We flew into Hanoi with three nights accommodation booked in a well recommended hotel, in the old part of the city. In the days when it was only Tori and I, we would just rock up to a new place and then look for accommodation when we got there. Apart from a few occasions, such as when we ended up in the very dodgy Tenderloin (aka the loin) of San Francisco, or a sleazy hotel that was more often paid for by the hour than by the night in Vegas, or when we drove around the entire state of Victoria in a weekend searching for somewhere that had a vacancy and ended up in Underbool, this method has served us well and led us to a load of interesting places. Especially when we were unable to find any accommodation at all and instead ended up staying in the homes of random strangers we met during the search, as had happened to us in Jordan and Turkey. With two pre-teen kids and an infant in tow, I wasn't quite up for the search on arrival method, especially after a fifteen hour journey and was happy to see that one of the blokes carrying the name signs at the airport arrivals hall was there waiting for me. Three nights seemed like it would be a good intro to the country and enough time to gather our bearings and work out where we actually wanted to go next. I've always liked unplanned travel. An open itinerary with the freedom to move on when you fancy, or to change direction based on the advice of a fellow traveller met during a chance, fleeting encounter in a bar. And who knows how it will be travelling in Vietnam with a 15 month old boy. Worst case scenario if it gets too difficult, we can just fly somewhere for a few weeks and laze on a beach. But I'm hoping for more than that.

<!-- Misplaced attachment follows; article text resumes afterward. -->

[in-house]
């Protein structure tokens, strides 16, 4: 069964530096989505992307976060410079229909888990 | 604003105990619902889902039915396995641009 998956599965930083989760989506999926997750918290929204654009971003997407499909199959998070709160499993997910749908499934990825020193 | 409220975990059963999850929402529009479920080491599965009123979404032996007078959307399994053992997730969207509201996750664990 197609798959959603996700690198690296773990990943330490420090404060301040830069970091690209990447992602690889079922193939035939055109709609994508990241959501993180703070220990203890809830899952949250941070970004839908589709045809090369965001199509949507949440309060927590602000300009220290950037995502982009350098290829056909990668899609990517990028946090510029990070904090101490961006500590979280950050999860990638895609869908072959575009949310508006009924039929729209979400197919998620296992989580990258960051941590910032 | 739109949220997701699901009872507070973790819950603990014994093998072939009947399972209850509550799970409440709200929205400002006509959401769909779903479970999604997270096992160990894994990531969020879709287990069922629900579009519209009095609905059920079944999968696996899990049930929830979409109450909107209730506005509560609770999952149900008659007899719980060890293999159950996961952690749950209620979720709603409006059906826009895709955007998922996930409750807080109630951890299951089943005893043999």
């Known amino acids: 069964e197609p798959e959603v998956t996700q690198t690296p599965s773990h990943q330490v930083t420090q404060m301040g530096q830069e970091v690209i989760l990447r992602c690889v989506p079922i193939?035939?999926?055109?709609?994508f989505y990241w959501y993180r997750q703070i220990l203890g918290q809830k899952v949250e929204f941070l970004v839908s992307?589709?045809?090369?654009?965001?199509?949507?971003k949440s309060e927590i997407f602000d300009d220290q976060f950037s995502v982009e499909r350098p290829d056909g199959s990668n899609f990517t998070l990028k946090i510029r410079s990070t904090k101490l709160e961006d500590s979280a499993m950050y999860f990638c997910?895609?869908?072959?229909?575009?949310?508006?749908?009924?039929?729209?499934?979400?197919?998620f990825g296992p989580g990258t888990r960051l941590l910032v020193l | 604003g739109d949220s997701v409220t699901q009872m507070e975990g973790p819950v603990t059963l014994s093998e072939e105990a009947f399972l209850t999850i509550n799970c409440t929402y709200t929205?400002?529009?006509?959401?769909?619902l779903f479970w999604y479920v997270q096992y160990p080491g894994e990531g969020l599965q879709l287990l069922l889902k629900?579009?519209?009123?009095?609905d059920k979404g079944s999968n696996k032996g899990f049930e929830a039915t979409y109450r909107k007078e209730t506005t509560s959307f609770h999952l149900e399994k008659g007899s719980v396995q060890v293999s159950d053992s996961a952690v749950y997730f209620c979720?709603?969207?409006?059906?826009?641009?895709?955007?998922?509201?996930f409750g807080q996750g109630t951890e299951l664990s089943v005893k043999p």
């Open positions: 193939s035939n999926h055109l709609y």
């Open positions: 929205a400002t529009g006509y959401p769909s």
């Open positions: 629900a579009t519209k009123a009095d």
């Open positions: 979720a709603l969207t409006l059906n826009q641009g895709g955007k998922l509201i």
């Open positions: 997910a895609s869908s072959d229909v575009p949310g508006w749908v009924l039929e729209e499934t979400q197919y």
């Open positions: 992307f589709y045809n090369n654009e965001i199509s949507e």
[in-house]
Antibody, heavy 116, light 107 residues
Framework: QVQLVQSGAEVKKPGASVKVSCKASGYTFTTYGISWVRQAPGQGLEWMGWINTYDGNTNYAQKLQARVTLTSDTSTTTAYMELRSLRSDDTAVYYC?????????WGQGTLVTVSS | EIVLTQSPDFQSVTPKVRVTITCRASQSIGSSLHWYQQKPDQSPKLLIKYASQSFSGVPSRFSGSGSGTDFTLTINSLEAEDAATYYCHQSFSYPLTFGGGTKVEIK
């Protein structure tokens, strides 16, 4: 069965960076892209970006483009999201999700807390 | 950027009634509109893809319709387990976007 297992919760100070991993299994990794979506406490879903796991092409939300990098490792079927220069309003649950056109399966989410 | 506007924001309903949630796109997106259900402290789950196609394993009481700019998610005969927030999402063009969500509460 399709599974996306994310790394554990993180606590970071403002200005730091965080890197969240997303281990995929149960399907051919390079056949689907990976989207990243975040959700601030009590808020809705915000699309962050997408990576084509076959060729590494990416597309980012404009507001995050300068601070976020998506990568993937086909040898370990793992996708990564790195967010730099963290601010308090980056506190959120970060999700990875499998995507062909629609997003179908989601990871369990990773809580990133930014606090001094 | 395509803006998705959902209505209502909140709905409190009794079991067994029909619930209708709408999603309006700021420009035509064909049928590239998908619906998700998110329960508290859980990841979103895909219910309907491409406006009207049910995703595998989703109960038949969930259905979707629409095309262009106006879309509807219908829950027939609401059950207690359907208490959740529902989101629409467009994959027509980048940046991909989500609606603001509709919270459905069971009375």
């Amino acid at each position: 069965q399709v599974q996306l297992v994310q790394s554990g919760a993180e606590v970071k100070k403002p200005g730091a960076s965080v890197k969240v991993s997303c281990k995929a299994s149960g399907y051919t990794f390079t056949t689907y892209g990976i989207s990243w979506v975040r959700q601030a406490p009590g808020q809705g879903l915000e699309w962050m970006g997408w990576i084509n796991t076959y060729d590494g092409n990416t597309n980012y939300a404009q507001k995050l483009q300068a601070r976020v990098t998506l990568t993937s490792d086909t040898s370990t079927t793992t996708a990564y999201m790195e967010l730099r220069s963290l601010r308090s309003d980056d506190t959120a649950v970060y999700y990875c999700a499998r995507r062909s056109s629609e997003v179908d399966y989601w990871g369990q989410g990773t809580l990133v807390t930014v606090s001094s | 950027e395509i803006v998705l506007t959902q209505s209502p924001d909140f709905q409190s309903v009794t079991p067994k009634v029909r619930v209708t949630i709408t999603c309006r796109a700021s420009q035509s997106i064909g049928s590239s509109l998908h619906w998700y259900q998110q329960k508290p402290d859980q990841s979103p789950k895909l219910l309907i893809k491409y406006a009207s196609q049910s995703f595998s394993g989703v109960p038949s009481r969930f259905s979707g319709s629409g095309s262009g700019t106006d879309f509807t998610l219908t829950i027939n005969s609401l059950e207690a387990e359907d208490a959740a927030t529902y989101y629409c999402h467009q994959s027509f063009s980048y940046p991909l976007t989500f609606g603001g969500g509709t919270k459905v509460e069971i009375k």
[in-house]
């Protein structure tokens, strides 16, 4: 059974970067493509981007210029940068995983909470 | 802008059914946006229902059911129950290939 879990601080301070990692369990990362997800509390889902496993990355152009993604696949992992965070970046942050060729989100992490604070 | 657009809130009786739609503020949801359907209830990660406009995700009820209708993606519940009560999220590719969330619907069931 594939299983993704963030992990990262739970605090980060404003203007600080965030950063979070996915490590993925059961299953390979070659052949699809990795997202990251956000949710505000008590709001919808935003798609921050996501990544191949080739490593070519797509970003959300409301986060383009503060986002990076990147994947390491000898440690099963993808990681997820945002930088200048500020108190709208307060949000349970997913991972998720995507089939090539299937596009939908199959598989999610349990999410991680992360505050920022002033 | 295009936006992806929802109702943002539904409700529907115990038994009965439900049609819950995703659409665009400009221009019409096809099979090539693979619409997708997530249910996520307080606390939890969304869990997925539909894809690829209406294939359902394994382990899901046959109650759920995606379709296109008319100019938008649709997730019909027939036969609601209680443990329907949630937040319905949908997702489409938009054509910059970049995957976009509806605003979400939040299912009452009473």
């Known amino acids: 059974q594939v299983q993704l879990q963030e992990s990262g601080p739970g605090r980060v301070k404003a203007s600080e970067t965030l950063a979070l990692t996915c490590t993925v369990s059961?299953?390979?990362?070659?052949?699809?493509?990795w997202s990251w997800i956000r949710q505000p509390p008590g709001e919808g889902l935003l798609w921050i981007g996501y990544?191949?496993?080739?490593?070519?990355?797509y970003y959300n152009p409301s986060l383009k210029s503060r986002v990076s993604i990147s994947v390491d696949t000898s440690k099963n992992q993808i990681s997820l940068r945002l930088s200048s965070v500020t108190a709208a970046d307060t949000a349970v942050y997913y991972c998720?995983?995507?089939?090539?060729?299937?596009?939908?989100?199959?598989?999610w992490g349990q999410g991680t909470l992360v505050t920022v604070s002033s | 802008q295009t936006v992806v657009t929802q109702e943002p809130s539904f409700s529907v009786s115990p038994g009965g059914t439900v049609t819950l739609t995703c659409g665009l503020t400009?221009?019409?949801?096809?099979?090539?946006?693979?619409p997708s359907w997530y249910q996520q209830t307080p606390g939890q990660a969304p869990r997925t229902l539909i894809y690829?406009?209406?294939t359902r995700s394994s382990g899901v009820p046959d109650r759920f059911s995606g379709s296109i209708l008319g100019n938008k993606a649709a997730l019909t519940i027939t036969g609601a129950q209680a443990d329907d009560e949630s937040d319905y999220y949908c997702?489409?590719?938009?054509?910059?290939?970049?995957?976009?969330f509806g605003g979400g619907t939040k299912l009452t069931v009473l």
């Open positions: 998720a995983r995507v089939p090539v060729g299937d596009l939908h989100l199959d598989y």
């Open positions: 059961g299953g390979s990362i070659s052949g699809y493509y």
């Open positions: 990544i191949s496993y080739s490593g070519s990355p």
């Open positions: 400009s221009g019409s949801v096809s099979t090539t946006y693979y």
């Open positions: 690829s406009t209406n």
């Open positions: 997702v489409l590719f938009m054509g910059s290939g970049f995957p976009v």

As always, we arrived at our destination at night. Totally exhausted from a long journey and longing just for a clean bed to pass out on. But there had been casualties along the way. Kimi's sleeping companion Monkey Monkey and Finn's special blanket were both missing in action, last seen at Hanoi airport. We were all on edge and three days of booked accommodation all of a sudden seemed like nothing. What are we going to do then? How is this all going to work with a toddler? Should we have brought antimalarial medicine for travelling to remote areas? What can we eat and what should we avoid? What if one of the kids gets really sick? Even though Vietnam is well touristed now and hardly off the beaten trail, it is a country that we have no idea about and is sure to have its dangers. Will Kimi run off and be cleaned up by a rampant Hanoi motorcycle?